Monday, June 20, 2016

Sometimes I don't know why things are important

When I first wrote OSRIC, I couldn't put my finger on why I felt it was so important. I've got another interesting example of that, on a smaller scale, and I'd love to hear some input.

I'm working with a teenager who's writing their first module for general consumption. The very first thing I did -- and I don't know why -- was to have them open a commercial module and read it for 5 minutes, telling me what they were looking at as they went.

The result was a lesson that most of us know. No one reads a module sequentially. You flip around from introduction, to maps, to interesting locations you see on the map, etc.

What I don't know is why I felt so intently that this was a FIRST lesson in writing a module.

6 comments:

  1. Because "Design" is important. We've had several decades of looking at poorly designed stuff, and some people recognize that Design is important. It's why Apple products work for my 70 year old mother who can't work a cell phone.

    We've had decades of experience looking at a basic design that is not conducive to actually using a module. Some people get annoyed with that and know products should be designed so they can be used.

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  2. I response is that it's important to read examples of the kind of thing that you're going to write and think about it critically. Analyze the information and how it's communicated, notice your own thinking about it, try to figure out why the author(s) put things together the way that they did, and then decide what's crucial, what you want to copy, and what you want to not copy. In education, we'd call the commercial module a "model text." I've actually been reading a lot of published modules for the same reason; I want to get better at writing my own.

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  3. And yet I can't do anything on with an Apple product to save my life. I wouldn't give that company a penny. Completely counter-intuitive to me.

    It is certainly interesting to see how someone looks at things with a completely fresh set of eyes. A good reminder for us all to be open-minded, I think.

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  4. Yes, prior to 1995 or so, writing rules for table games (board, card) was a very inexact and sloppy art. Increasing professionalism thanks to Magic:The Gathering and the mass appeal of German board games raised the bar hugely in terms of both clarity and completeness of rules writing (though not always at the same time!) A similar thing has been going on with RPG writing, with 3e D&D raising the bar for completeness/coherence and some elements of Old School doing the same for clear and essential presentation.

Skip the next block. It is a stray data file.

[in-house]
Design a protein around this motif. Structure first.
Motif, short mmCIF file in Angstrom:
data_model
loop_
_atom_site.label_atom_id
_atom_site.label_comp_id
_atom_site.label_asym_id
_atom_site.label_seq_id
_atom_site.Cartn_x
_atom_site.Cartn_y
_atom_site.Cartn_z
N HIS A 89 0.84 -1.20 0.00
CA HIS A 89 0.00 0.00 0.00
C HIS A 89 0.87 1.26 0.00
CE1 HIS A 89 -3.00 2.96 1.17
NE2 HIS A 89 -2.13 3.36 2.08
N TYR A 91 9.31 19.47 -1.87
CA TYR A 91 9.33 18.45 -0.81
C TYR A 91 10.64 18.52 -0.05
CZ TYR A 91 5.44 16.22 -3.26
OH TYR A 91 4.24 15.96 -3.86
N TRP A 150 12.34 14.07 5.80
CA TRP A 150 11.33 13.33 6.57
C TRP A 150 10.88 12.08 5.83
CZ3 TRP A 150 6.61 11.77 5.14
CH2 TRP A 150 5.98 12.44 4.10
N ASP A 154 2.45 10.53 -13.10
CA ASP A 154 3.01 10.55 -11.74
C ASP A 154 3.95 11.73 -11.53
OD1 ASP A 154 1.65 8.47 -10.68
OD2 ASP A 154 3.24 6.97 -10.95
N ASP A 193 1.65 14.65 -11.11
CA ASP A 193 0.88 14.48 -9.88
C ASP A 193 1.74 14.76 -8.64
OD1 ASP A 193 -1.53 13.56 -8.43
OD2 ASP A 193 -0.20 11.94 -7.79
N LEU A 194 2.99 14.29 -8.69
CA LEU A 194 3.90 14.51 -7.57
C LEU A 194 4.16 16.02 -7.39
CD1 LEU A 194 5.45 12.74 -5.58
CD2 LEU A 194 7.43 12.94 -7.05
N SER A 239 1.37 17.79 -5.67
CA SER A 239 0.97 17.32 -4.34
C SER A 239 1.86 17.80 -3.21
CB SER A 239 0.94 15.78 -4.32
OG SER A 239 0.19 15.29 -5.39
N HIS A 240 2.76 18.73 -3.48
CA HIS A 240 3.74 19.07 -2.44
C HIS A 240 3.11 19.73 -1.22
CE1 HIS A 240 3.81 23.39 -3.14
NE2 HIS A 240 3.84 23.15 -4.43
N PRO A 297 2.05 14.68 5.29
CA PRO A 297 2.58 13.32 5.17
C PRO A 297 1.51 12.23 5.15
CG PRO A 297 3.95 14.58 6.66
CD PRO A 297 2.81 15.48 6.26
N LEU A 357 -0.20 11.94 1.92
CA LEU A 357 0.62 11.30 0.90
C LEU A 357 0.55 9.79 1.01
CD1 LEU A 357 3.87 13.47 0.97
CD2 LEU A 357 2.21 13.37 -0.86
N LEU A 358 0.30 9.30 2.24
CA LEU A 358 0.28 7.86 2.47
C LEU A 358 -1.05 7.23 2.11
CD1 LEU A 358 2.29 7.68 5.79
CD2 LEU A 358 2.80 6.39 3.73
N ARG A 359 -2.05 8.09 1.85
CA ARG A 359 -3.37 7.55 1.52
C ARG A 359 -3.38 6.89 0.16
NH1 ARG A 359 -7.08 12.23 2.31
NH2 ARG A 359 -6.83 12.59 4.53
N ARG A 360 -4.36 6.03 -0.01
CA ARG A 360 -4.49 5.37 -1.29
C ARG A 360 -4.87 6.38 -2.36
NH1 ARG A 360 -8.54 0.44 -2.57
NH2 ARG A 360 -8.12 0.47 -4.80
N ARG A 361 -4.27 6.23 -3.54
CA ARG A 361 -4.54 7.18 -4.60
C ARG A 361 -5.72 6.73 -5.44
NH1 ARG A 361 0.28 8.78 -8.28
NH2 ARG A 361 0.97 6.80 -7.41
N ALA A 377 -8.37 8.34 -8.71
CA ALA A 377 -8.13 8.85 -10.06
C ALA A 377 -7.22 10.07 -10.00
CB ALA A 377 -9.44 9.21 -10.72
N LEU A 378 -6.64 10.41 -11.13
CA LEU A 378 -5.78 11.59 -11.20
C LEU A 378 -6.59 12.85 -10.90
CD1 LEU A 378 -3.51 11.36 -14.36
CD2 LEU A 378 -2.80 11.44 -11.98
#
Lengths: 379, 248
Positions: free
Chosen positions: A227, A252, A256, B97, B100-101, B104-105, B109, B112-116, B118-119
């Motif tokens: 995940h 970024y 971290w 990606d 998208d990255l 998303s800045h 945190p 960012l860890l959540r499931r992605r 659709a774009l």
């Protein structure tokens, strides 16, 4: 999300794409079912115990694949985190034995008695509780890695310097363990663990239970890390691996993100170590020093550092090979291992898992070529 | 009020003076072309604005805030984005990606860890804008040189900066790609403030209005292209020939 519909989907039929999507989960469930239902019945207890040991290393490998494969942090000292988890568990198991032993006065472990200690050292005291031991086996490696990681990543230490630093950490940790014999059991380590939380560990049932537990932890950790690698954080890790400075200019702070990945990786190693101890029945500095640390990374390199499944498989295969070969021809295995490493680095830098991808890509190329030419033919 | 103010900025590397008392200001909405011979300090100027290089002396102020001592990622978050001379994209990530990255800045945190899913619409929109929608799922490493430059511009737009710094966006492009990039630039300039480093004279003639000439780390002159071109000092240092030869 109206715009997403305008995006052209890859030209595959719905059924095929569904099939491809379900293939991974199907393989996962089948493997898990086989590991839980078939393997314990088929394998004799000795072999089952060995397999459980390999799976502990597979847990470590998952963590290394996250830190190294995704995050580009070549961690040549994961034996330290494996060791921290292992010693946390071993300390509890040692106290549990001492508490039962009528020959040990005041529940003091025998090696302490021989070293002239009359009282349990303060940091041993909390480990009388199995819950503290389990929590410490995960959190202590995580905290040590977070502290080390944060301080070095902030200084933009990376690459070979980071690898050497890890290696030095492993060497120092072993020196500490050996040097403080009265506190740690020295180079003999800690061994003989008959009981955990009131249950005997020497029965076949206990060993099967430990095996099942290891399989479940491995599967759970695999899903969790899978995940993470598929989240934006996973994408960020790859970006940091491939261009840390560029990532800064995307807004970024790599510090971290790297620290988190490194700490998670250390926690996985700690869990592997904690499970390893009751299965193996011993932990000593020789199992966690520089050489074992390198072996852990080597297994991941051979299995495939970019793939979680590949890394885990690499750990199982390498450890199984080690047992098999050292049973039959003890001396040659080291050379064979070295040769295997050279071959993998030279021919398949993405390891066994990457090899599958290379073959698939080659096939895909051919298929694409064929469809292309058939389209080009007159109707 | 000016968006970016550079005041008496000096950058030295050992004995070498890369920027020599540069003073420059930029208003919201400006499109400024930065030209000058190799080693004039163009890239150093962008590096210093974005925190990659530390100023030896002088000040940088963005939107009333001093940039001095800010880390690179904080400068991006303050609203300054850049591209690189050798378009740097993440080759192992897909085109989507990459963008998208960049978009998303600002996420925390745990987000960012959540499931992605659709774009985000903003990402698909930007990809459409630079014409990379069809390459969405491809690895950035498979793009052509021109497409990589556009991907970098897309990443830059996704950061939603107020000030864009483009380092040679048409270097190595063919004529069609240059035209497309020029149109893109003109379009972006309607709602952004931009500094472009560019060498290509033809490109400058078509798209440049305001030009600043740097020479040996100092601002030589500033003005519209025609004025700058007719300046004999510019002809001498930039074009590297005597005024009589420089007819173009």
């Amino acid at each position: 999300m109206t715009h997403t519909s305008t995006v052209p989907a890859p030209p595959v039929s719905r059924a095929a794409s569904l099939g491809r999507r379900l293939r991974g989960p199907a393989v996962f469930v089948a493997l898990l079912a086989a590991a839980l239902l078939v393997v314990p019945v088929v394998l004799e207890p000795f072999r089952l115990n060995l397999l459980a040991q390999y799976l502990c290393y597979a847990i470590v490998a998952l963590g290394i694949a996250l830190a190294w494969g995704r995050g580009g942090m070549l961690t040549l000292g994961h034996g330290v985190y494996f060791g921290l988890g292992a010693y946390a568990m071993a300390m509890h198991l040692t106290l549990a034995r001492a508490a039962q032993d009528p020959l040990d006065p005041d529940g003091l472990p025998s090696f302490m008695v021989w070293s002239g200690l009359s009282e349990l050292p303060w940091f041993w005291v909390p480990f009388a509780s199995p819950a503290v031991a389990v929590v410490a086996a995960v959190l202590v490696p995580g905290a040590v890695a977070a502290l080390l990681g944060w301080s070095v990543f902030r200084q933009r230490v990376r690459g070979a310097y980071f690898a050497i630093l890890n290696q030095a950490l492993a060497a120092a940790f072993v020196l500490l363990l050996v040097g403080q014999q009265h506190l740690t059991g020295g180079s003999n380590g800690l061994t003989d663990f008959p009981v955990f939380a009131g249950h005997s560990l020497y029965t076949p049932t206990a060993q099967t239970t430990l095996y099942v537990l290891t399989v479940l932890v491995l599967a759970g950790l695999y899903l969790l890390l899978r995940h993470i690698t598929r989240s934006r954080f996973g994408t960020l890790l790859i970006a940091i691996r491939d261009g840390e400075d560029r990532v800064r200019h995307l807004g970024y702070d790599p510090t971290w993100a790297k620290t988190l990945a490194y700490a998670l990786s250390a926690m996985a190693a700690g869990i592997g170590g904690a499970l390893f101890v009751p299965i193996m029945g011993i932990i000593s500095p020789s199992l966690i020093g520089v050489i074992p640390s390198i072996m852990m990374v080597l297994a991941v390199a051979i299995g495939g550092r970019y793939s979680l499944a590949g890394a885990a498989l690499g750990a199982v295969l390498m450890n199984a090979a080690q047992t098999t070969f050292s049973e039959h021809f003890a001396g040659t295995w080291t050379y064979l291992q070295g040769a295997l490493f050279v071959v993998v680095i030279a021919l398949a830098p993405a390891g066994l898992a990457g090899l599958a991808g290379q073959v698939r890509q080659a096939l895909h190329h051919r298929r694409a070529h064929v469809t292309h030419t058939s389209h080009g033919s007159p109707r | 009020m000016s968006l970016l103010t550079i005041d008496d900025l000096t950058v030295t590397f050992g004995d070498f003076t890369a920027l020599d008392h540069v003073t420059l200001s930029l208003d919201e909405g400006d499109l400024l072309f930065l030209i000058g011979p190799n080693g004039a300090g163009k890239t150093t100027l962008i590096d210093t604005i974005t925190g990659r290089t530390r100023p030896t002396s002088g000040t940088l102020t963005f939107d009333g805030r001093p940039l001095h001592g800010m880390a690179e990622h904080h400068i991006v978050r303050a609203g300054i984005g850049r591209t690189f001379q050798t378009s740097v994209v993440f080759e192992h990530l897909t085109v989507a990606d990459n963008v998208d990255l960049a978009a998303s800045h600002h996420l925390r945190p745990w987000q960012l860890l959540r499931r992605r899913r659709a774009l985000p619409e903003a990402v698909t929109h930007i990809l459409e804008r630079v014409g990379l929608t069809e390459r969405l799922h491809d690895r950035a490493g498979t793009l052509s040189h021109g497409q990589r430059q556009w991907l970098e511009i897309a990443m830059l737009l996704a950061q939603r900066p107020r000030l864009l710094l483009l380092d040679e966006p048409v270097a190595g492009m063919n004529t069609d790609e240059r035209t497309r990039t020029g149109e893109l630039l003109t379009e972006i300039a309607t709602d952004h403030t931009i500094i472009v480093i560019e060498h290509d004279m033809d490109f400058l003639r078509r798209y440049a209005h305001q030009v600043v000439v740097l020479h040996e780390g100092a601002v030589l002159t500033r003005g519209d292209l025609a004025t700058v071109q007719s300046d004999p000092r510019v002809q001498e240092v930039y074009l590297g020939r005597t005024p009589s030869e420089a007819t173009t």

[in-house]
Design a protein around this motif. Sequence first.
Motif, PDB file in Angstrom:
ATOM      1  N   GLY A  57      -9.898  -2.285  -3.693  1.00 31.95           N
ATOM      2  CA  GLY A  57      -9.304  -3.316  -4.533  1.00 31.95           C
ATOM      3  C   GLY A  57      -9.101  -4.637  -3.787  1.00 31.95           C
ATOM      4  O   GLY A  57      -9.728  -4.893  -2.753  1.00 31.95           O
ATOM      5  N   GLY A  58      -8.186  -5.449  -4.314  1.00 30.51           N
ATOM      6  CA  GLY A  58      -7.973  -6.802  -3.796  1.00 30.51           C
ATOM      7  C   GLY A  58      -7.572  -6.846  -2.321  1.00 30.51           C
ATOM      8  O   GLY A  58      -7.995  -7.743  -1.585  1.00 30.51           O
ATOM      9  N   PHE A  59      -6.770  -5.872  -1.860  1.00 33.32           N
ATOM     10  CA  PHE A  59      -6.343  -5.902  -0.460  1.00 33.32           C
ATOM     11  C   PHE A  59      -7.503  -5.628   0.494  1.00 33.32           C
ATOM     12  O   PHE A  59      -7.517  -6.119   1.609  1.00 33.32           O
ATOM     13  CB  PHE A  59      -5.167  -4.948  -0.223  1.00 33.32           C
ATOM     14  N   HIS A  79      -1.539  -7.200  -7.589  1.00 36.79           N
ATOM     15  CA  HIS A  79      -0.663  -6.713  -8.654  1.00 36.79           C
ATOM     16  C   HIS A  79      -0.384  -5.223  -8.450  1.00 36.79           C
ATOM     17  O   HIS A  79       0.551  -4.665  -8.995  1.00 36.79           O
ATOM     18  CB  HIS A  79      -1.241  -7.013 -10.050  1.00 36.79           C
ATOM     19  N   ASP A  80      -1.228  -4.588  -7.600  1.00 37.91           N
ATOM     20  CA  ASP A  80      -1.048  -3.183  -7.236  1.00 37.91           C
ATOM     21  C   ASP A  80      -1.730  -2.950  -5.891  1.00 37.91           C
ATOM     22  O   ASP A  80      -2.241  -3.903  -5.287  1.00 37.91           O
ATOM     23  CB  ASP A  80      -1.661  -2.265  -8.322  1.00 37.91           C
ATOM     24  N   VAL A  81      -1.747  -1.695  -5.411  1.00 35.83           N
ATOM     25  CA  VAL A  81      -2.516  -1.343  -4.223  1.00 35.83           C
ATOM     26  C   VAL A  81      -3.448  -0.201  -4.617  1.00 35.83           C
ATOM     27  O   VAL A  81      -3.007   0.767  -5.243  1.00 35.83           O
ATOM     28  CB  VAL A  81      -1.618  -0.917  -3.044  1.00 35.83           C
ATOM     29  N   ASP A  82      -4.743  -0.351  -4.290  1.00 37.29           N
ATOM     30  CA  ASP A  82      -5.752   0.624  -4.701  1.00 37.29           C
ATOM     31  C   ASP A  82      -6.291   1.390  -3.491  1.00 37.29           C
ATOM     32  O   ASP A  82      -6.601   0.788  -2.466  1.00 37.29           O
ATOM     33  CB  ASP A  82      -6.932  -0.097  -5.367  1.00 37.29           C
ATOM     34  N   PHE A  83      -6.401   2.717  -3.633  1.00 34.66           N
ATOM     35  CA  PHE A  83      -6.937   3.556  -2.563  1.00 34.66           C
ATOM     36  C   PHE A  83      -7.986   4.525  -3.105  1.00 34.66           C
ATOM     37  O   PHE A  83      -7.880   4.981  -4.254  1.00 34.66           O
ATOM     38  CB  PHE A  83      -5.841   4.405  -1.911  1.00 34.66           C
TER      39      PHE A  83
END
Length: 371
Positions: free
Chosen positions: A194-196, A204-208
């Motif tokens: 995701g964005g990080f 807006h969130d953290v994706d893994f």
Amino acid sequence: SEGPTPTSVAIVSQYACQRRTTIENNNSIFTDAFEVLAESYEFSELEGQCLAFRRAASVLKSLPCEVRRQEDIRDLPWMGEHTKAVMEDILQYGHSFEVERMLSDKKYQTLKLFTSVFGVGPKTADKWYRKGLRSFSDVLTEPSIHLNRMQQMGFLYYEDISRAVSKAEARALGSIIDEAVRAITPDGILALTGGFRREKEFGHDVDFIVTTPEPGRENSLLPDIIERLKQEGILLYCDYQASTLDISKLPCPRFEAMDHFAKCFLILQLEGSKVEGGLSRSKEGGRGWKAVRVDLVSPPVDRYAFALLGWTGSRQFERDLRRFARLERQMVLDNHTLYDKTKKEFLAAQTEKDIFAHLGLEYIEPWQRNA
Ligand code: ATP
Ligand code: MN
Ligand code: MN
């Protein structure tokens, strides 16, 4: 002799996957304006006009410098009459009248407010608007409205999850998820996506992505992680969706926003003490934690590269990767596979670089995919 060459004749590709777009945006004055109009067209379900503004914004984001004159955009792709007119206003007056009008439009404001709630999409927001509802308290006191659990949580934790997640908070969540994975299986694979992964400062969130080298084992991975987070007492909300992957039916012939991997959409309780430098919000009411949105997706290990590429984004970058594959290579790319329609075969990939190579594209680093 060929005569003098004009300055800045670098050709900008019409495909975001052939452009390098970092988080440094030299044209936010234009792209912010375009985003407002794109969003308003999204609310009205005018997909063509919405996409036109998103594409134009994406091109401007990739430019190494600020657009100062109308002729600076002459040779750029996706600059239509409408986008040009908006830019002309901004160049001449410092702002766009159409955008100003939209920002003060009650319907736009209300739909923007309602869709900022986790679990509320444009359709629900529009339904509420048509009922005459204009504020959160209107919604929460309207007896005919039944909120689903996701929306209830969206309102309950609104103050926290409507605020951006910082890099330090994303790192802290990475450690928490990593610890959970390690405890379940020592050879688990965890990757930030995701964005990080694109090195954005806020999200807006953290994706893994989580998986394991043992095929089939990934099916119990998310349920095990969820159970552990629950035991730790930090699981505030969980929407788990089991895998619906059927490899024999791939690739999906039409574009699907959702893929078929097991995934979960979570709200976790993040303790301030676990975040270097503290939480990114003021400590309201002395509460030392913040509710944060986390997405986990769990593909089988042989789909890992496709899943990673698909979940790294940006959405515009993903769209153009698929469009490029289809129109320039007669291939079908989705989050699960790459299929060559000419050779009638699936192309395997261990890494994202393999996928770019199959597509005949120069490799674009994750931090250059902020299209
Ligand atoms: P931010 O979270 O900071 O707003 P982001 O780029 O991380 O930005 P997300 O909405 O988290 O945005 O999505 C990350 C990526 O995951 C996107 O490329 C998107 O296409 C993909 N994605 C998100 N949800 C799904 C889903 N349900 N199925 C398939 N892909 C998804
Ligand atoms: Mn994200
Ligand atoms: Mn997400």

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  5. I'm not so sure that people have really learned the design lesson on RPG adventures yet. If more people who ran modules produced them and included they types of prep they do for running a module (overviews, lists of NPCs and monsters, tables of which enemies might move or wander and when, tables of events, etc.) adventures might be much more usable without an hour to look over the book.

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  6. There are a lot of people who don't understand "design," as evidenced by the fact that most modules still have things laid out in a weird order. Of course, there are a lot of modules that still have "read aloud" text, which is probably the most inefficient way to get information across to the players.

    Still, I stand by my original statement. Design is an important and overlooked aspect. Zak S did a post about how to make The Keep on the Borderlands a two-page dungeon, simply by putting the critters info on the maps. As a DM, I need to know where the goblin runner is going to go when the PCs attack, and who will answer the call. The stat line for the goblins can be elsewhere, the room description can be elsewhere, but I need certain information, otherwise I have to spend time flipping through the book.

    Similarly, my mother can use an iPad because she doesn't need to know how to program a computer. She needs to use it. Click here to get email . . . click here to go to the internet. If you want to learn more, you can. As an analogy, I suspect that several DMs would balk at The Keep on the Borderlands being reduced to two pages, especially if you used the Pathfinder/ 3.x system. But for actually using the module, reorganizing and getting rid of the information makes the module more useful.

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